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Around 220AD a large black conical meteorite was transported to Rome from Syria. The young emperor Marcus Aurelius Antoninus Augustus ordered it installed in a grand temple on the Palatine as a symbol of the sun god, Elagabal, replacing Jupiter in the pantheon. Here, according to contemporary Roman historian Herodian, “This stone is worshipped as though it were sent from heaven.”
Meteorites have inspired wonder since the ancient world, and natural history objects were displayed alongside fine art in cabinets of curiosity throughout Renaissance and Enlightenment Europe. Today, these natural phenomena are again finding new admirers among art collectors. In May, Eskenazi, the Mayfair gallery specialising in Chinese art, broke from tradition to mount a show of gogottes (priced $15,000-$100,000). These highly sculptural swirls of sandstone, looped, squeezed and folded, which look as though extruded by machine, were formed 30m years ago in ancient sand dunes near Fontainebleau in France. How they were made is still being puzzled over by geologists and, as David Attenborough put it in his catalogue essay, “It will need an art historian and perhaps a psychologist to explain why the wonderful mysterious shapes so bewitch us.”
One particularly unusual gogotte, with a double spike, was a highlight of Christie’s first dedicated Natural History sale, entitled “Sculpted by Nature: Fossils, Minerals and Meteorites”, held at its King Street headquarters in April. Estimated at £3,000-£5,000, it achieved £12,500. The sale included fossils, skeletons, fragments of meteorite and geological specimens, with the top lot, a beautiful double fossil Sea Lily plaque, fetching £22,500.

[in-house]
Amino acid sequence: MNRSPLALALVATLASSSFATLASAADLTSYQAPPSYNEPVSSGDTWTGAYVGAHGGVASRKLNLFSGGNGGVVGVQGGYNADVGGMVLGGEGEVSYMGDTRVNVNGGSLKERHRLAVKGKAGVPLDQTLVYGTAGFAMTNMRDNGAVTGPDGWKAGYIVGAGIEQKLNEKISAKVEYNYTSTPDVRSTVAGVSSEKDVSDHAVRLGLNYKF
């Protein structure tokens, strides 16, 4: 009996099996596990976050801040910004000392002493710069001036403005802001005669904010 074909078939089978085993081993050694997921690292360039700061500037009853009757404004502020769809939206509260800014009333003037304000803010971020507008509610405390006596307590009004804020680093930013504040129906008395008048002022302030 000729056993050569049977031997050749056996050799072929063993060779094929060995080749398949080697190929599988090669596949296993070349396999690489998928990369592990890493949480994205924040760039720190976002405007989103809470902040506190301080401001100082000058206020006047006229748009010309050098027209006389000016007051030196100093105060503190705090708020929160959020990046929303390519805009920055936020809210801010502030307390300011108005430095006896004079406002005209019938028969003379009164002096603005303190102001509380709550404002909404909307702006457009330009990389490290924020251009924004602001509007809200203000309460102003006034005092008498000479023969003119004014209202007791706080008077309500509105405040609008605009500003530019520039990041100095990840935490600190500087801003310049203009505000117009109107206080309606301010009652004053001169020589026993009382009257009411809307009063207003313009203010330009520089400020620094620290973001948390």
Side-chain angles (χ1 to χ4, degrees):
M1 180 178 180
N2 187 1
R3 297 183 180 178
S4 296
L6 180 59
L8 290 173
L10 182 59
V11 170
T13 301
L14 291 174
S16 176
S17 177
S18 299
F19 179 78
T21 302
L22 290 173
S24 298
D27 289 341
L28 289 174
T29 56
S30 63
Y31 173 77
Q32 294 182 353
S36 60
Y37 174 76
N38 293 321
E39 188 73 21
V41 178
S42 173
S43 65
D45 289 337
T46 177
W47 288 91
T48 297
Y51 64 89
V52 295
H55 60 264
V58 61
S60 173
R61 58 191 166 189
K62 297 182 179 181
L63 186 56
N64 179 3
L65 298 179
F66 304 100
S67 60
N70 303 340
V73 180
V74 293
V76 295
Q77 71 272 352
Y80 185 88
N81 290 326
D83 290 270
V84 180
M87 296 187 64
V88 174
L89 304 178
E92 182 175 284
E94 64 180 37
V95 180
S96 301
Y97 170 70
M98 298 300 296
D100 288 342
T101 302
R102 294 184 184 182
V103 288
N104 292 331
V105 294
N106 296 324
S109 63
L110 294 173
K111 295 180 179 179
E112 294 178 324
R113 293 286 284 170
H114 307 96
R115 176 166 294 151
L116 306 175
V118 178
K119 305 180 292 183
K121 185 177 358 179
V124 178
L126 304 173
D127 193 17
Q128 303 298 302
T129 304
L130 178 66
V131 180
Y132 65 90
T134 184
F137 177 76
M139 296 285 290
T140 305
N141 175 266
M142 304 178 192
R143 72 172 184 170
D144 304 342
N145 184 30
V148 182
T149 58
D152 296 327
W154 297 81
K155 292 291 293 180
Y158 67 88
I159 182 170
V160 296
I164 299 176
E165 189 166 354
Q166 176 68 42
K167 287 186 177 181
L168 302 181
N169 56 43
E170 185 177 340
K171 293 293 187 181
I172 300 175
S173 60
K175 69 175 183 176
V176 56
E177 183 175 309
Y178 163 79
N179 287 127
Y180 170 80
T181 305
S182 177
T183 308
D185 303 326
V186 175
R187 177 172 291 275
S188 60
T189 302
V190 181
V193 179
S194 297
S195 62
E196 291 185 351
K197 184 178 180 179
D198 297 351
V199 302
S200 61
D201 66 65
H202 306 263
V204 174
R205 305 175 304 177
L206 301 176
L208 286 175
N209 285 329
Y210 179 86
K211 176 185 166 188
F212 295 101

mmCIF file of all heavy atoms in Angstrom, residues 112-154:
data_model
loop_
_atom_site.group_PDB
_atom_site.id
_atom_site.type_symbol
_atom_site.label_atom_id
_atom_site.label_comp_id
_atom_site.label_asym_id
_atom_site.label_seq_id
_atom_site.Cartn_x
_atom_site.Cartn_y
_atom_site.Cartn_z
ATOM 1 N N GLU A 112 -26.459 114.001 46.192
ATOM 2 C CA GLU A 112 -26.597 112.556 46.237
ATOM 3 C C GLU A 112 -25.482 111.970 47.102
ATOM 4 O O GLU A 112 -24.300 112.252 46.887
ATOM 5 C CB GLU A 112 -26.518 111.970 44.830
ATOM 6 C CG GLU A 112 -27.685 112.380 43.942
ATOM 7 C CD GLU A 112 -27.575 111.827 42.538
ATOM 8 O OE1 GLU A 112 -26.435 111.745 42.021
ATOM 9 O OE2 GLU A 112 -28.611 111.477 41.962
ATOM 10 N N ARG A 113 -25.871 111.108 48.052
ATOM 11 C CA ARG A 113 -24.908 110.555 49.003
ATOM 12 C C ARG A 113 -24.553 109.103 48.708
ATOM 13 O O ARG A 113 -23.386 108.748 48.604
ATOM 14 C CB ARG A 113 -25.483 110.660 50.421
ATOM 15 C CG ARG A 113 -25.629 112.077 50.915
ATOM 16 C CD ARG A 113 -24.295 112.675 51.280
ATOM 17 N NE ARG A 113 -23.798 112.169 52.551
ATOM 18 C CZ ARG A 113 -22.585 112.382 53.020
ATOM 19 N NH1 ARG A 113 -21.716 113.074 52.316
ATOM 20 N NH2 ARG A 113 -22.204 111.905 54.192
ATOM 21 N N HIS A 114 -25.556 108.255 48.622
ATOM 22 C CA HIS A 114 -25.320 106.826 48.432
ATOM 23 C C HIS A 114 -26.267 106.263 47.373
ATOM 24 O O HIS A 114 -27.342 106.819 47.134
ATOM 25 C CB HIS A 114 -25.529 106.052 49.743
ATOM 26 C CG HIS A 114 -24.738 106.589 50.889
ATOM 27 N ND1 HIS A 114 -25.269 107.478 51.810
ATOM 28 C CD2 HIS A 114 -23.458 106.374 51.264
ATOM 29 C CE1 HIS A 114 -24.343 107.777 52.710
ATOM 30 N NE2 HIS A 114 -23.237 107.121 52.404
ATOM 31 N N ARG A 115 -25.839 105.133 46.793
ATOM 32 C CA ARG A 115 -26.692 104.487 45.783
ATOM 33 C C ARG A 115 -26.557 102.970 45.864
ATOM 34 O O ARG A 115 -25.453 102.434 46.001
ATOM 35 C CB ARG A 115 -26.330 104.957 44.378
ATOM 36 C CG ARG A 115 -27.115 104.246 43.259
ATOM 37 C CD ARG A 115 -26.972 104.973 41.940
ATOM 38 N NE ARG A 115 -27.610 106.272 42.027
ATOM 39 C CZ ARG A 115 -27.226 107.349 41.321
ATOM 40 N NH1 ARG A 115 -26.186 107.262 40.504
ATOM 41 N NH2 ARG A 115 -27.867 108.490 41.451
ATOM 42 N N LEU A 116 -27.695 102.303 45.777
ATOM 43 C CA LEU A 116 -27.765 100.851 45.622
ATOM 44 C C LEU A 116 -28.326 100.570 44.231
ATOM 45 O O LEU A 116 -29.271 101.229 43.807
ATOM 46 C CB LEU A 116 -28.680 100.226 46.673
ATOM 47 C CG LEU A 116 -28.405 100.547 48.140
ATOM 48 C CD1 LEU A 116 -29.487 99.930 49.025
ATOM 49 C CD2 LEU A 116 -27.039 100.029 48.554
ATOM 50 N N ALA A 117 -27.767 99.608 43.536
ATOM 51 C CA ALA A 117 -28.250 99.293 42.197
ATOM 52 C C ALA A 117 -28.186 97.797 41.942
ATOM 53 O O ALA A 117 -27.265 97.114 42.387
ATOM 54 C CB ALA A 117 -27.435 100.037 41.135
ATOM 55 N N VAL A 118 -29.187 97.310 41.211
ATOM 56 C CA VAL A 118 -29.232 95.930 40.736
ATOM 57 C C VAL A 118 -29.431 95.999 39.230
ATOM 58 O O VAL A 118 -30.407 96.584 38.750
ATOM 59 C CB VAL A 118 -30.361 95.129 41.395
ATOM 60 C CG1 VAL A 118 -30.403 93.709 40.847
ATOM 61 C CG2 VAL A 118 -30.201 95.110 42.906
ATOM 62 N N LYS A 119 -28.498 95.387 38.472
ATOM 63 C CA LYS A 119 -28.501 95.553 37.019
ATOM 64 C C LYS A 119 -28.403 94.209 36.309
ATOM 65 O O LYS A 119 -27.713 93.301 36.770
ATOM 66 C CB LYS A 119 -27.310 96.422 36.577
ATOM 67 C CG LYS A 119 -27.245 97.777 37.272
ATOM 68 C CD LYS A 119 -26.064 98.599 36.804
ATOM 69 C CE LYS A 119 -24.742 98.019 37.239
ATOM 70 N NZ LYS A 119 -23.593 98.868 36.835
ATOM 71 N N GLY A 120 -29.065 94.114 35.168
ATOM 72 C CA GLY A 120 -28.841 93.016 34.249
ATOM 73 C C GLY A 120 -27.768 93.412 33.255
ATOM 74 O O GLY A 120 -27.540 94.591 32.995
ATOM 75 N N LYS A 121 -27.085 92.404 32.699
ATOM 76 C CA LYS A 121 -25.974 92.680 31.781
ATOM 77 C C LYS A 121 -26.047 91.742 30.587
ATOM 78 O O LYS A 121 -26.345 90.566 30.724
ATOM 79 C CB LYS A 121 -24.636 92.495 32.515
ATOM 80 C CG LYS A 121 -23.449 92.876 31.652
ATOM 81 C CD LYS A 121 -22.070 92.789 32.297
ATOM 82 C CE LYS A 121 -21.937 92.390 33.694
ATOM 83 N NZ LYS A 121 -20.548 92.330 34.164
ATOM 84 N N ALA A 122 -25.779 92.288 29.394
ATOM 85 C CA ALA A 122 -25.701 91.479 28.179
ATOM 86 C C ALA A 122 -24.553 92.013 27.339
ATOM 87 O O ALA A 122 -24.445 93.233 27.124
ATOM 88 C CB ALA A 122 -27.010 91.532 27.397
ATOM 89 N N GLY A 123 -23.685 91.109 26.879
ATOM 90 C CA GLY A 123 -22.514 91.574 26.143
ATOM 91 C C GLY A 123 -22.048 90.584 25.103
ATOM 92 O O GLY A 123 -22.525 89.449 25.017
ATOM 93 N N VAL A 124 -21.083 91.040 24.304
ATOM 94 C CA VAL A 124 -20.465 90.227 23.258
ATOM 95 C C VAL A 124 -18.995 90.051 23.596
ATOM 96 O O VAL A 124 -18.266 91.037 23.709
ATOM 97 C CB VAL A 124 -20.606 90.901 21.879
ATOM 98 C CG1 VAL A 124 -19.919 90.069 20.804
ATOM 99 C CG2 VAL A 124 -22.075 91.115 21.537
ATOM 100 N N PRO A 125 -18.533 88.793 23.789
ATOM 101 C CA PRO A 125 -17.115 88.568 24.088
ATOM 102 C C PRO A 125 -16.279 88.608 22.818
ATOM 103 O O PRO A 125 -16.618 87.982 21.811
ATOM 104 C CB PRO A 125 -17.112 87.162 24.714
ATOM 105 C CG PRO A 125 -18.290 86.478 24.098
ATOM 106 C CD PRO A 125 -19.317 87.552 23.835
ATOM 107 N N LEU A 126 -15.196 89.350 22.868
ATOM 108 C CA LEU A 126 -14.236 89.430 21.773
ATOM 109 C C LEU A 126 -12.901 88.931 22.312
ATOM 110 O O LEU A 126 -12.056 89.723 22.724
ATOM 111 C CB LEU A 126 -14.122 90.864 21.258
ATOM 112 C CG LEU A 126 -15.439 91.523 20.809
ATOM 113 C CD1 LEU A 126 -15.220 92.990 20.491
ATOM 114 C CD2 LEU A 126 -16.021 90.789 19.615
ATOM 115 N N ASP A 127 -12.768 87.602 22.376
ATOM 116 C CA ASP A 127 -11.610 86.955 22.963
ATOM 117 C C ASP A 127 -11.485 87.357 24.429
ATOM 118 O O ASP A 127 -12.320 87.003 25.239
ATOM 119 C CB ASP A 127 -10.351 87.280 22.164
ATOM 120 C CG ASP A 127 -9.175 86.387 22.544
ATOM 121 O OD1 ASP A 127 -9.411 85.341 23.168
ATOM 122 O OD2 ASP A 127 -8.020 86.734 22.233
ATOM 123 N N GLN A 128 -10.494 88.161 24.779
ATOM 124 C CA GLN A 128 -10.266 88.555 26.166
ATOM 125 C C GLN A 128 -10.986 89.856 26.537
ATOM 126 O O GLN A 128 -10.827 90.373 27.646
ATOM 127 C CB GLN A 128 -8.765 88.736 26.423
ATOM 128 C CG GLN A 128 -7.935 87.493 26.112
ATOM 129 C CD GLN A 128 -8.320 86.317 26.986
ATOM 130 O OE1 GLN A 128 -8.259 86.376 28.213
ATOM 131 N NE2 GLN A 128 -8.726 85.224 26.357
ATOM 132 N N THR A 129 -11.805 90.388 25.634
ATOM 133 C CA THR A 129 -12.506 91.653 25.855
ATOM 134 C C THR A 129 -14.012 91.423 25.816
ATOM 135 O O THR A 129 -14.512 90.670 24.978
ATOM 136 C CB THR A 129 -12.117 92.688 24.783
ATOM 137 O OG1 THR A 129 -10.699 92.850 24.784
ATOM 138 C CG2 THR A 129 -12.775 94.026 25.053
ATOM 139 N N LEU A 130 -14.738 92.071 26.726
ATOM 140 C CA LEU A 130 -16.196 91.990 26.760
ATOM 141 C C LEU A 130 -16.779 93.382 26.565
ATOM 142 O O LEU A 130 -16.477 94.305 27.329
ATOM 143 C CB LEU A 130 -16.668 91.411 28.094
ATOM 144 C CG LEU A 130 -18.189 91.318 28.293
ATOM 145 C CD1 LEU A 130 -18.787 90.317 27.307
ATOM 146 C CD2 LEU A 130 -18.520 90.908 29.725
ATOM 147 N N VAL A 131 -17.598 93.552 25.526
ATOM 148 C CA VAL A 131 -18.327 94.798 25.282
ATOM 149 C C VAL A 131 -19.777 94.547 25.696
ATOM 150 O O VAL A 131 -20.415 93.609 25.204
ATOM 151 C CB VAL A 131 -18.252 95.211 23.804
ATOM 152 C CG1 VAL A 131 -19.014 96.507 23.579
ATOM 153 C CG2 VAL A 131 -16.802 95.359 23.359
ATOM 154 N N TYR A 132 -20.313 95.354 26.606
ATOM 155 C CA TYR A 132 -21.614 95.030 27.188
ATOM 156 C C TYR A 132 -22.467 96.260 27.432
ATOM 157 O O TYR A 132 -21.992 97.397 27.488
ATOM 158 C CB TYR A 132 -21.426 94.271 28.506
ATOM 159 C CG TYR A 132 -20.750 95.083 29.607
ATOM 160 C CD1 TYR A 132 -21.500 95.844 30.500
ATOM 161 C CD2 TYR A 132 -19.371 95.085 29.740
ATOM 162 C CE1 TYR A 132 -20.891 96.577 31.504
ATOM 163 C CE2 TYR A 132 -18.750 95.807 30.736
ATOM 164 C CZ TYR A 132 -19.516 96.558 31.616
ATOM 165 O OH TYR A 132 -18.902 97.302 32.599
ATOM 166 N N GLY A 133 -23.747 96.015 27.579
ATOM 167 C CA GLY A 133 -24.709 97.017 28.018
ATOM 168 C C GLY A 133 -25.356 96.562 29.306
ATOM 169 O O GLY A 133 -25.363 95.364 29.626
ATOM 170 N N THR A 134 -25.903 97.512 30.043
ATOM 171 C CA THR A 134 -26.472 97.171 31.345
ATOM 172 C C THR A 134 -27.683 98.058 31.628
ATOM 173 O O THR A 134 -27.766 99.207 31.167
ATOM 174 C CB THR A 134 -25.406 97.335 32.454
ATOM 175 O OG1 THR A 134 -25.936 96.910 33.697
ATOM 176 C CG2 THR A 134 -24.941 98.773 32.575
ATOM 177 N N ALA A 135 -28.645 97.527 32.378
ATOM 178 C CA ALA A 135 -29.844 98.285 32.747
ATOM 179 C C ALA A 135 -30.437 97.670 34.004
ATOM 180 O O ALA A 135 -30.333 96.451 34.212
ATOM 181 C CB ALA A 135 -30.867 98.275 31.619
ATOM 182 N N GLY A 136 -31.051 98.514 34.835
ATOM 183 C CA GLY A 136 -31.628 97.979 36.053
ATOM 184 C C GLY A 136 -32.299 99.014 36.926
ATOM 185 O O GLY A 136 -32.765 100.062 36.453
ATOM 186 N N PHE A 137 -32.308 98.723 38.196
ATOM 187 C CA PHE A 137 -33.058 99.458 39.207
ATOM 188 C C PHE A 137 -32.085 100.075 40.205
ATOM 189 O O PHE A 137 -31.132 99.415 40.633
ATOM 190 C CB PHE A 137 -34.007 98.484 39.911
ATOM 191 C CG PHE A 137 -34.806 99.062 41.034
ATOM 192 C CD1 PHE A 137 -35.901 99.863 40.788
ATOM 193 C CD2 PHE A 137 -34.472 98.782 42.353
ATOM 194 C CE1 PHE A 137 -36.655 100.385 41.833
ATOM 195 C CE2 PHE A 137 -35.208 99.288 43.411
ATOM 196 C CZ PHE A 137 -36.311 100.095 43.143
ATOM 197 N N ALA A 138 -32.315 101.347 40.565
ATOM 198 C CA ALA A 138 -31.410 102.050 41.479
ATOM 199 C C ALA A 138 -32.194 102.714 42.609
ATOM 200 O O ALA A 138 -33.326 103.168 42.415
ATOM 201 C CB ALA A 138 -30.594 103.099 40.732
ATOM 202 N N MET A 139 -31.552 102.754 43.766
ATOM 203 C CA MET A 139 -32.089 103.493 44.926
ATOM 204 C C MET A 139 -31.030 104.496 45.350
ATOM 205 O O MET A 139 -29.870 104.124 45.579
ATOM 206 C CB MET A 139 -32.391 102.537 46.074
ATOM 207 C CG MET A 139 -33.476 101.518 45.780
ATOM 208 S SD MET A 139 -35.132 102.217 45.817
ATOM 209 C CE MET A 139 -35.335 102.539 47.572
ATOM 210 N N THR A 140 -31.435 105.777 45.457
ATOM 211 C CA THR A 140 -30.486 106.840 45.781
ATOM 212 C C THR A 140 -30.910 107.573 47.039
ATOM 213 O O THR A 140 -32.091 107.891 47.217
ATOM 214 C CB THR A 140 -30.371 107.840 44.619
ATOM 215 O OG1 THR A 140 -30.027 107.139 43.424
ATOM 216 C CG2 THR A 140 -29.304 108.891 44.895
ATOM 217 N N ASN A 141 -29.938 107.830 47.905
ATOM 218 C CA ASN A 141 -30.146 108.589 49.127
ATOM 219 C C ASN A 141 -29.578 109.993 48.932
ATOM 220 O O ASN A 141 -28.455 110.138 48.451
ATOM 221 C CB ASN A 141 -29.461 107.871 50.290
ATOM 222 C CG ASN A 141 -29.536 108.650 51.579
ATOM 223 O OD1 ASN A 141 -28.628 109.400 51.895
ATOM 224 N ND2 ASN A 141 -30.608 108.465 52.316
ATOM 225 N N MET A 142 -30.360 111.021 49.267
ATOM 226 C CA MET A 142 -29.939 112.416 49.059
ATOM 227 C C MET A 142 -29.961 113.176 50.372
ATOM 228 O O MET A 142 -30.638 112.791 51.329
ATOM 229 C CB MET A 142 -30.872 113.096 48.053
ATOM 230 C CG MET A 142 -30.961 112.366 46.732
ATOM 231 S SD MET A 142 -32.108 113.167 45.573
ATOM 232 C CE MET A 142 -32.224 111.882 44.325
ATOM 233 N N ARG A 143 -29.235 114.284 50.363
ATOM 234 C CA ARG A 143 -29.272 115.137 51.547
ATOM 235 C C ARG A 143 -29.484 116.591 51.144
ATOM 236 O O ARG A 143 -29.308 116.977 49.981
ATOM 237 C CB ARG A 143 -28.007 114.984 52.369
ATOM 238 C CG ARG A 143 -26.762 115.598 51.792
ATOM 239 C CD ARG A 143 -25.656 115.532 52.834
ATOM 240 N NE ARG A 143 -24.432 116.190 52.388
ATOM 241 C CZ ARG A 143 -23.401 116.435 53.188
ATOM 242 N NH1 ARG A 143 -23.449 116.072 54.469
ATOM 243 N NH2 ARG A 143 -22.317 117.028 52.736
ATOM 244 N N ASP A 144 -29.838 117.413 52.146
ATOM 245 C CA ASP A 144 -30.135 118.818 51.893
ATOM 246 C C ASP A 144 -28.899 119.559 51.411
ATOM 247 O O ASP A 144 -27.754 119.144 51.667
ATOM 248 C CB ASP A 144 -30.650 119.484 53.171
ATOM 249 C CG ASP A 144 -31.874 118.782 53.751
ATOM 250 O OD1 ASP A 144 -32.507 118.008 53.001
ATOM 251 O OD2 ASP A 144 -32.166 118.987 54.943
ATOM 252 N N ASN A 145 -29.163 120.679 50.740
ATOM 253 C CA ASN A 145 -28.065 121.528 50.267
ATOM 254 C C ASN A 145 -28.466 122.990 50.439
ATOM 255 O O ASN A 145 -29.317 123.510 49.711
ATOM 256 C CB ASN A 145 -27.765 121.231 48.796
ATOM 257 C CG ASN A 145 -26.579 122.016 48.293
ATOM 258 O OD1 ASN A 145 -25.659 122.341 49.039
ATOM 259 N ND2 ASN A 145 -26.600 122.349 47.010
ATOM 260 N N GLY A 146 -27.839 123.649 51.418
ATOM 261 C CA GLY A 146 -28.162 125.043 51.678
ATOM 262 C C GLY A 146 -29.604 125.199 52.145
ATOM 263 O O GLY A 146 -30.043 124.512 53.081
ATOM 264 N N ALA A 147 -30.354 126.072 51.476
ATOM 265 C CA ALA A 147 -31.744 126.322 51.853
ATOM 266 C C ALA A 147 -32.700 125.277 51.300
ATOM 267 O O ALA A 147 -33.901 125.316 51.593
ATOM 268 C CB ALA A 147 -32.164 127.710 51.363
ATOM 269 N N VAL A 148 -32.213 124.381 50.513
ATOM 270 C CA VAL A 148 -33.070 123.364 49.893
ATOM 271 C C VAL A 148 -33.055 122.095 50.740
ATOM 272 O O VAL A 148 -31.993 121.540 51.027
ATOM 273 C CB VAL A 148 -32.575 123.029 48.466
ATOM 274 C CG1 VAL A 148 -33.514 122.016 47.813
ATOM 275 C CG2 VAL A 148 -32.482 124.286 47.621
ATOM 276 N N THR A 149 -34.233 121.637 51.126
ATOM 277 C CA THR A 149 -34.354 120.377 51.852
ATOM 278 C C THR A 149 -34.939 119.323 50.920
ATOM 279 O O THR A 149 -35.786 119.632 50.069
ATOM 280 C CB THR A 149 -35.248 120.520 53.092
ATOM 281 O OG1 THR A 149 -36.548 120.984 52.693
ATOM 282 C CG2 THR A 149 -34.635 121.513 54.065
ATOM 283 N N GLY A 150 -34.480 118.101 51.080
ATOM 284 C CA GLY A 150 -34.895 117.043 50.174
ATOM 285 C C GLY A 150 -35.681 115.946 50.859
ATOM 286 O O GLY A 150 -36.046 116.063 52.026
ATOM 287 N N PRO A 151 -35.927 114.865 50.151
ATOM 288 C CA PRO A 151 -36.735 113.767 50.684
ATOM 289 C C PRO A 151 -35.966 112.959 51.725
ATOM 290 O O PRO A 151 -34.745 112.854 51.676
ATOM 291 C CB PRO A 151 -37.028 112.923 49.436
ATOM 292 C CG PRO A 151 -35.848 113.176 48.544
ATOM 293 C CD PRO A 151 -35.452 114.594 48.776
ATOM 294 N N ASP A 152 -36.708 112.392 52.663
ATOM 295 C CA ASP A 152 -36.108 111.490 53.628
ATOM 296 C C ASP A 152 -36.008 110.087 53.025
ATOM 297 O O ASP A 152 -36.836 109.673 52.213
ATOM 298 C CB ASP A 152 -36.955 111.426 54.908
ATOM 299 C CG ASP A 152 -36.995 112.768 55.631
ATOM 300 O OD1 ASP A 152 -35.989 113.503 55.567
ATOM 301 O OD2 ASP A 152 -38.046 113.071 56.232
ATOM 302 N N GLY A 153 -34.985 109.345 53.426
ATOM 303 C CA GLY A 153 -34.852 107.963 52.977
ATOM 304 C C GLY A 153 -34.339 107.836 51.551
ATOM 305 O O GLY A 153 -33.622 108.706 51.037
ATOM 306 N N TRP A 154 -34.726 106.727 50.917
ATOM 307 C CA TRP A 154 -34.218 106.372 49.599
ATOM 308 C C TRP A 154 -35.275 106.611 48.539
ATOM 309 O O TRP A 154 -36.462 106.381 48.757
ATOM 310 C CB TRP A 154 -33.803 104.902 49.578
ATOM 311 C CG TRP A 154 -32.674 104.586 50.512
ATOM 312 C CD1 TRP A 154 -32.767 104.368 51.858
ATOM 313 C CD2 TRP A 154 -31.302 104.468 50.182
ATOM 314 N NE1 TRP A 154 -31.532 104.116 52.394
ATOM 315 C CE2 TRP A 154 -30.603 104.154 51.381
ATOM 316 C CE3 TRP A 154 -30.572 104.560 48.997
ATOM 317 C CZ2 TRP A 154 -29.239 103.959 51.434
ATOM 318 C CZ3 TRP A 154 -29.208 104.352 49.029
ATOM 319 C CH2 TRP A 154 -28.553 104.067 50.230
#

While these prices are still modest in comparison with the sums paid for antiquities and fine art, James Hyslop, Christie’s specialist, reports that, “over the past five years, Natural History has just boomed.” A breakthrough moment for him was the sale in October 2016, where a particularly fine collection of five gogottes saw prices rise to £43,750, on one lot estimated at £6,000-£8,000.
Rather than relegating natural history objects to specialist sales and fairs, dealers and auction houses are repositioning them alongside fine art. At Masterpiece this year, Finch & Co, the eclectic dealership specialising in curiosities, is displaying antiquities and ethnographic objects alongside natural history, including three 19th-century leopard tortoise shells from Kenya, among other animal objects. Only antique pieces, from non-endangered species, of course: everything is approved by the UK‘s Animal and Plant Health Authority — although export to some countries can pose difficulties.
They are joined at Masterpiece this year by ArtAncient, a young dealership specialising in antiquities but with an interest in spectacular natural objects. “As we have started to take these objects to art fairs, people have responded to them as to other forms of art,” explains Costas Paraskevaides. “The question of the artist’s original intention is meaningless anyway, when it comes to fragments of Attic sculpture or a green-patinated, rust-encrusted cuirass.”
ArtAncient has recently bought a number of objects from a major US collection, some of which it will show at Masterpiece, including a dramatic large fossilised palm frond (£90,000) and a Sikhote-Alin meteorite, which in its rapid tumble through the atmosphere developed sculptural, scooped “thumb” prints on its iron surface (£90,000). As Paraskevaides explains, “This is an immature market. We are trying to exercise high standards regarding condition and beauty. It is about making an aesthetic judgment and separating the best from the rest.”
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